August 23, 2014

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The Story of Taps

The 24-note bugle call known as “Taps” is thought to be a revision of a French bugle signal, called “tattoo,” that notified soldiers to cease an evening’s drinking and return to their barracks or garrisons. It was sounded one hour before the bugle call that brought the military day to an end by ordering the extinguishing of fires and lights. The last five measures of the tattoo resemble the modern day "Taps."

The word “taps” is an alteration of the obsolete word “taptoo,” derived from the Dutch “taptoe.” Taptoe was the command -- “Tap toe!” -- to shut (“toe to”) the “tap” of a keg.

The revision that gave us present-day Taps was made during America’s Civil War by Union Gen. Daniel Adams Butterfield, heading a brigade camped at Harrison Landing, Va., near Richmond. Up to that time, the U.S. Army’s infantry call to end the day was the French final call, "L’Extinction des feux.” Gen. Butterfield decided the “lights out” music was too formal to signal the day’s end.

One day in July 1862, he recalled the tattoo music and hummed a version of it to an aide, who wrote it down in music. Butterfield then asked the brigade bugler, Oliver W. Norton, to play the notes and, after listening, lengthened and shortened them while keeping his original melody.

He ordered Norton to play this new call at the end of each day thereafter, instead of the regulation call. The music was heard and appreciated by other brigades, who asked for copies and adopted this bugle call. It was even adopted by Confederate buglers. This music was made the official Army bugle call after the war, but not given the name “Taps” until 1874.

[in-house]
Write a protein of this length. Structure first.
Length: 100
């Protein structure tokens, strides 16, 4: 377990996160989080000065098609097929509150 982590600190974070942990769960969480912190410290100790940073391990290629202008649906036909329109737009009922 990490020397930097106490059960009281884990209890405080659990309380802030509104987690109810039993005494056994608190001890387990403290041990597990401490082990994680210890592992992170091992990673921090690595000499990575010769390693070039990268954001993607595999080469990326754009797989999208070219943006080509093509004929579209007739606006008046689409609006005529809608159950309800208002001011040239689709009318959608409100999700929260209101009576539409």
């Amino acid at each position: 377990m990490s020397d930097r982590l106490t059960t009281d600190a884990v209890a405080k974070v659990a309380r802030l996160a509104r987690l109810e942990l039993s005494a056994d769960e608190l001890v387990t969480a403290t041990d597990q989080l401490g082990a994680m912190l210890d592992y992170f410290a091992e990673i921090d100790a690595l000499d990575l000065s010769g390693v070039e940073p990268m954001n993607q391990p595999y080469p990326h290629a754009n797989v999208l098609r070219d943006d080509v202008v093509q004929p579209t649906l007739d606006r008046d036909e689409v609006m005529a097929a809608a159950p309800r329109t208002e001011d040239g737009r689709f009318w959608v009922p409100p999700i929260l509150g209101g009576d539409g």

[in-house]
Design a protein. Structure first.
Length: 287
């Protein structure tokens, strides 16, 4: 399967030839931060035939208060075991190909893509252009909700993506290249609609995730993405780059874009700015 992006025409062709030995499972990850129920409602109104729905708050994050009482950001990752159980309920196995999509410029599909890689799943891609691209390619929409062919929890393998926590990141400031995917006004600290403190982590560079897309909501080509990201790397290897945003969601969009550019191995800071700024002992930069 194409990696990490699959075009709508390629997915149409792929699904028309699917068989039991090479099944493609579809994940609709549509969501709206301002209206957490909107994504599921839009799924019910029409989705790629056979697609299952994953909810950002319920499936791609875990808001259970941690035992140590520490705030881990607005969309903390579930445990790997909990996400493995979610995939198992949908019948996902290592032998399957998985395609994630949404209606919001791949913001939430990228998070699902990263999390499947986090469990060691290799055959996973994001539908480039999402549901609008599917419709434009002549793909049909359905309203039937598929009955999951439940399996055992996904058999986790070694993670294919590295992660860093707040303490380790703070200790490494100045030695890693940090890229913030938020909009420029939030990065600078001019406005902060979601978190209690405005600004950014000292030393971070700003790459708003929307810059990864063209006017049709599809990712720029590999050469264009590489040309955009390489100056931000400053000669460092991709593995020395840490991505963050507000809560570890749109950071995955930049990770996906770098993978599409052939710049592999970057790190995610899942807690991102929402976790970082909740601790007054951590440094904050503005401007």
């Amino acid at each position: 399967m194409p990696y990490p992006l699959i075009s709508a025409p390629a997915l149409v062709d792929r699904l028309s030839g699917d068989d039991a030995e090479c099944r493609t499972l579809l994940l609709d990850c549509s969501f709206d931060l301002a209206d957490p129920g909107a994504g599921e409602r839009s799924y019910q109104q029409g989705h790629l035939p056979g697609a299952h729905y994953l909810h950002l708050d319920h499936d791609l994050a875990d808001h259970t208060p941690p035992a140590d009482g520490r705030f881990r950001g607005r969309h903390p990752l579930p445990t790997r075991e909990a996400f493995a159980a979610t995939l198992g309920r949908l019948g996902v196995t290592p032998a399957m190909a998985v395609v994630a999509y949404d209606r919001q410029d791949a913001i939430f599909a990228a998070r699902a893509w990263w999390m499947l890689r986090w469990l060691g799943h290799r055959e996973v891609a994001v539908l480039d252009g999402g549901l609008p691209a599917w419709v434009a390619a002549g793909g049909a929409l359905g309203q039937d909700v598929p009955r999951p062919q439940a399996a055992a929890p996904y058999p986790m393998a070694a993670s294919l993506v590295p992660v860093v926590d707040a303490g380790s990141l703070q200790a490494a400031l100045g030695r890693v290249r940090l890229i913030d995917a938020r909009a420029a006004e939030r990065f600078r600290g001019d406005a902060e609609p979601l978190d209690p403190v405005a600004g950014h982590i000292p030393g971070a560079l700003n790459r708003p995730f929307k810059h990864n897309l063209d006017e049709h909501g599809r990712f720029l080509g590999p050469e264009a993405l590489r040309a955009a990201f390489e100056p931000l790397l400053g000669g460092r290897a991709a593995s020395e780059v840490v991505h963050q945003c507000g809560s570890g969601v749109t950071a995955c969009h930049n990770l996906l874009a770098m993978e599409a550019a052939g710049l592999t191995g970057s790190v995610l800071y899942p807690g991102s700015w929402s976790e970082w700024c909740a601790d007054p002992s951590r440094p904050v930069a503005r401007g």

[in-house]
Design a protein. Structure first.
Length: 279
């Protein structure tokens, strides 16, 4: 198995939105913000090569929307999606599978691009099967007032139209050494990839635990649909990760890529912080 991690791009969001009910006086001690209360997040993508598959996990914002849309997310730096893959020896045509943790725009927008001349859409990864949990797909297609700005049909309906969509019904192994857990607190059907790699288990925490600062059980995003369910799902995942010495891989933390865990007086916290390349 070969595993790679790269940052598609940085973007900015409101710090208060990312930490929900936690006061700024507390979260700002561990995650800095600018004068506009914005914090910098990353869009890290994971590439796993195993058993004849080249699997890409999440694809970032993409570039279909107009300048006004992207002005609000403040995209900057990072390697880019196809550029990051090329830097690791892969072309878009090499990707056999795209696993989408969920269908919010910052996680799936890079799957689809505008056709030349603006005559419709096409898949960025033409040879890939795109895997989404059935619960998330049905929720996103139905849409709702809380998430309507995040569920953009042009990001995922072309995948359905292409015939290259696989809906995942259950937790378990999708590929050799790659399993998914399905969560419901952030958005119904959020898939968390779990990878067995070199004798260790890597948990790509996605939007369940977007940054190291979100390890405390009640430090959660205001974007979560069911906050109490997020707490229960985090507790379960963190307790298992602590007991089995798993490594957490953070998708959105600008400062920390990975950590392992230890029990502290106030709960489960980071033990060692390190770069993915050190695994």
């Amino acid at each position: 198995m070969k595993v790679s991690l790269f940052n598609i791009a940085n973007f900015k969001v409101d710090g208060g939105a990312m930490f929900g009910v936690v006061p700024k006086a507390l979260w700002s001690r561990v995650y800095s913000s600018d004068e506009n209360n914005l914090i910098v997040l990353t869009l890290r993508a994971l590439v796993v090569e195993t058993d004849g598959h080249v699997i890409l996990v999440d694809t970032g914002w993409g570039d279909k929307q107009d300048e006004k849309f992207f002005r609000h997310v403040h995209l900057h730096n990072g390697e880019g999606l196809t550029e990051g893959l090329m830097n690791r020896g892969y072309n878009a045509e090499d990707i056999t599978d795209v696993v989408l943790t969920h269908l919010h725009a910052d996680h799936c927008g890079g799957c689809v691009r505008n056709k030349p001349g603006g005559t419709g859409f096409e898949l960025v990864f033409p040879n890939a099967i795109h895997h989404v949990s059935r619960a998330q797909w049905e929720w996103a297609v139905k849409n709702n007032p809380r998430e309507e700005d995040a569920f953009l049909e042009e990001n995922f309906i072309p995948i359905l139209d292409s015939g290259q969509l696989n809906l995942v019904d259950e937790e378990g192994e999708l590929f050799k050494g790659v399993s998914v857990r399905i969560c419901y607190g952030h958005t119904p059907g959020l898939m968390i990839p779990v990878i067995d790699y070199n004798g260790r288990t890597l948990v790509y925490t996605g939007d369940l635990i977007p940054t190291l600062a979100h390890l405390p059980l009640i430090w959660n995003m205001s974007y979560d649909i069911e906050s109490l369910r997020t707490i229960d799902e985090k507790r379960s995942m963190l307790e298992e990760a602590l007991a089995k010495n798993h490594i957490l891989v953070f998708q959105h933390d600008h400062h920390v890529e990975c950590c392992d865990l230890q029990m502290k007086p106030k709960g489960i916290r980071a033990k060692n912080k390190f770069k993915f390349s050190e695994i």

The first time Taps was played at a military funeral may also have been in Virginia soon after Butterfield composed it. Union Capt. John Tidball, head of an artillery battery, ordered it played for the burial of a cannoneer killed in action. Not wanting to reveal the battery’s position in the woods to the enemy nearby, Tidball substituted Taps for the traditional three rifle volleys fired over the grave.

Taps was played at the funeral of Confederate Gen. Stonewall Jackson 10 months after it was composed. Army infantry regulations by 1891 required Taps to be played at military funeral ceremonies.

Taps now is played by the military at burial and memorial services and is still used to signal “lights out” at day’s end.

Story comes from the United States Department of Veterans Affairs.


Holiday Film Favorites

We've made a list of Christmas movies (and checked it twice) that are sure to help you get in the swing of the season. From traditional classics to some you may not have forgotten, we've got you covered!

Babes in Toyland
A Christmas Story
A Charlie Brown Christmas
Frosty the Snowman
Christmas with the Kranks
Elf
Home Alone
The Holiday
The Family Man

Looking for more? CLICK HERE for more holiday film favorites!

Good ole' Fashion Family Fun

The holiday season is a time for peace, love, joy and of course, family time! So why not celebrate the Christmas cheer with some good ole' fashion family fun!?

Here are a few traditions you can start this year with your family:

- Set up a Christmas Tree (fake or real, small or large, just make it fun for the whole family!)
- Decorate! Even just a few strands of Christmas lights will do...
- Go Caroling! Singing Christmas tunes are a sure fire way to get you in the Christmas spirit!
- Do a random act of kindness. Don't forget what the season is all about! Why not buy a cup of coffee for a stranger? They'll smile. We're sure of it.

CLICK HERE for a few more ideas to get in the Christmas spirit!